Developers behind the proposed city jail project promised 800 new jobs, more than $112 million in economic impact and the addition of a retail shopping strip that would employ 150 people and generate $15 million in annual economic impact.
But it’s not the proposal Mayor Dwight Jones selected last week.
As City Council begins to pore over Jones’ recommendation to hire Tompkins Builders and S.B. Ballard Construction to build a new, $116.5 million city jail in the East End, details from the first proposal the city received are coming to light.
The proposal City Central LLC submitted in March of this year, and obtained by Style Weekly, is nearly identical to the unsolicited bid first submitted to the city on Feb. 16, 2010. City Central’s plans call for building a sprawling, one-story facility on a 40-acre site off Commerce Road. The group also proposed building a retail center adjacent to the jail, featuring a possible grocery store and other small retailers. City Central also included a workforce training facility nearby.
City Central’s plan was for the jail to anchor a “a comprehensive vision that links a needed new correctional facility to the revitalization of an historically significant south-side neighborhood and does so in a way that can be a model for minority economic participation in a major city project,” concluded Decide Smart, a local consultancy that prepared an economic impact analysis of the project for City Central in July 2010.
And the cost? $117 million. The original proposal, which caught city officials by surprise more than a year ago, was initially supported by the city, and Sheriff C.T. Woody. The site -- bounded by Commerce Road, Ingram Avenue, 17th and Bruce streets -- is closer to the Manchester courthouse than the existing jail, which sits on 6 acres on Fairfield Way.
In March 2010, Woody told the Richmond Times-Dispatch that he preferred City Central’s location over the existing jail site, where Jones recommends building a new city jail. “That’s a perfect area over there, in my opinion,” Woody told the T-D. “I think it should be safer getting back and forth.”
But in July 2010, Jones told City Council that he’d always preferred the existing jail site, explaining that the state Board of Corrections had approved the location, which means the city would qualify for state funds for up to 25 percent of the construction costs.
“We do not want to jeopardize our approval or extend the schedule to obtain another approval for an alternate location,” Jones said on July 19, 2010, according to prepared remarks supplied to City Council.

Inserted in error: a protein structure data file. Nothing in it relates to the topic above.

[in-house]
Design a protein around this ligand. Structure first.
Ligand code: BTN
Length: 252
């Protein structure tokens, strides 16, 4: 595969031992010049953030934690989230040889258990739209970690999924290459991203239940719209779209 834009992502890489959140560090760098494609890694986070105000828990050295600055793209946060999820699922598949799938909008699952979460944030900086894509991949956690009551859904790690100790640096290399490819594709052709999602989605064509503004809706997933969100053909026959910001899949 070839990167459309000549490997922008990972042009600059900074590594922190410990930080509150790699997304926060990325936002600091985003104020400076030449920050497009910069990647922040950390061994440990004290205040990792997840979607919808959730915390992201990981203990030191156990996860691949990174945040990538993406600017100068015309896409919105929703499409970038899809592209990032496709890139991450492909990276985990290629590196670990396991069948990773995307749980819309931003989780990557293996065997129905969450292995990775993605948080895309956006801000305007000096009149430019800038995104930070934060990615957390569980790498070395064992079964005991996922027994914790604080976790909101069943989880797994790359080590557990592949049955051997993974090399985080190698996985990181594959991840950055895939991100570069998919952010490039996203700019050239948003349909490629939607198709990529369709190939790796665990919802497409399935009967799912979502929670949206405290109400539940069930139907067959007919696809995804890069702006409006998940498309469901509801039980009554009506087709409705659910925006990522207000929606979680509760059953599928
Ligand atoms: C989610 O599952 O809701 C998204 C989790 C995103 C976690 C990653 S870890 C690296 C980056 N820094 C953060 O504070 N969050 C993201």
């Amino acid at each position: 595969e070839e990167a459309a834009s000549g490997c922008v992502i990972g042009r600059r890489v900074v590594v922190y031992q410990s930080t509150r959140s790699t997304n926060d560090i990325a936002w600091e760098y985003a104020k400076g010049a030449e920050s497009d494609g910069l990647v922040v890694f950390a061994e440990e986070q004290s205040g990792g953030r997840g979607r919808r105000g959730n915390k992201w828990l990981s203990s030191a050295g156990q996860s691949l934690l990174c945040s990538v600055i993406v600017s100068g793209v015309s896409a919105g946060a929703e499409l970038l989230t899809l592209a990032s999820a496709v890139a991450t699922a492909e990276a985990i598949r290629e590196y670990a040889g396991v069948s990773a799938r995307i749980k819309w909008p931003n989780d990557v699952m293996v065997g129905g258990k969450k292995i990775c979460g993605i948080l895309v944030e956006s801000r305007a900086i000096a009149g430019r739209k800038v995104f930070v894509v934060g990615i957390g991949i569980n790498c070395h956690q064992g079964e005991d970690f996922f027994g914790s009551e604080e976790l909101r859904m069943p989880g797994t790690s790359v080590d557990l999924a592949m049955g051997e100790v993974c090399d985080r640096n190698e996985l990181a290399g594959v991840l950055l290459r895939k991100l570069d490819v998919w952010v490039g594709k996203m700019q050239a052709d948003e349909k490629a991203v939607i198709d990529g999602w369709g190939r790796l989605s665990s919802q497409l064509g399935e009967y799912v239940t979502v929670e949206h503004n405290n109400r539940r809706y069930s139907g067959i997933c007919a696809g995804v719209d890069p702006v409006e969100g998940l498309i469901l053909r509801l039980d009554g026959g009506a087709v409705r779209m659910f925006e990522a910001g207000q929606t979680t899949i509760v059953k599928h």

But the City Central proposal also had preliminary approval from the state Board of Corrections, according to the group’s partners.
Art Hungerford, chief executive of Atlantic Constructors, sent an email to reporters earlier this week congratulating the Tompkins/Ballard team for winning the mayor’s approval.
“Beyond the debate over the site, we congratulate the [Tomkins/Ballard] team for an excellent design and price, and we wish them every success in building the new jail,” Hungerford wrote.
Other members of the team, however, weren’t as conciliatory. Al Bowers, owner of Bowers Family Enterprises, a minority contracting company and partner in the group, questioned the fairness of the process. After the mayor announced the selection of the Tompkins/Ballard group to build the jail last week, Bowers expressed frustration over the procurement process, and whether City Central’s initial unsolicited proposal had been “leaked,” giving competitors an unfair advantage.
“When you know people want to hang themselves, give them enough rope,” Bowers said.
As City Council begins to delve into the mayor’s proposed agreement with Tompkins/Ballard -- Jones’ hopes to win council’s blessing by July 25 -- the question, however, may be one of location. While City Central also put in a bid to build a new jail at the existing East End site -- for about $140 million -- the group’s projected cost for the South Side jail is nearly identical to the Tompkins/Ballard bid.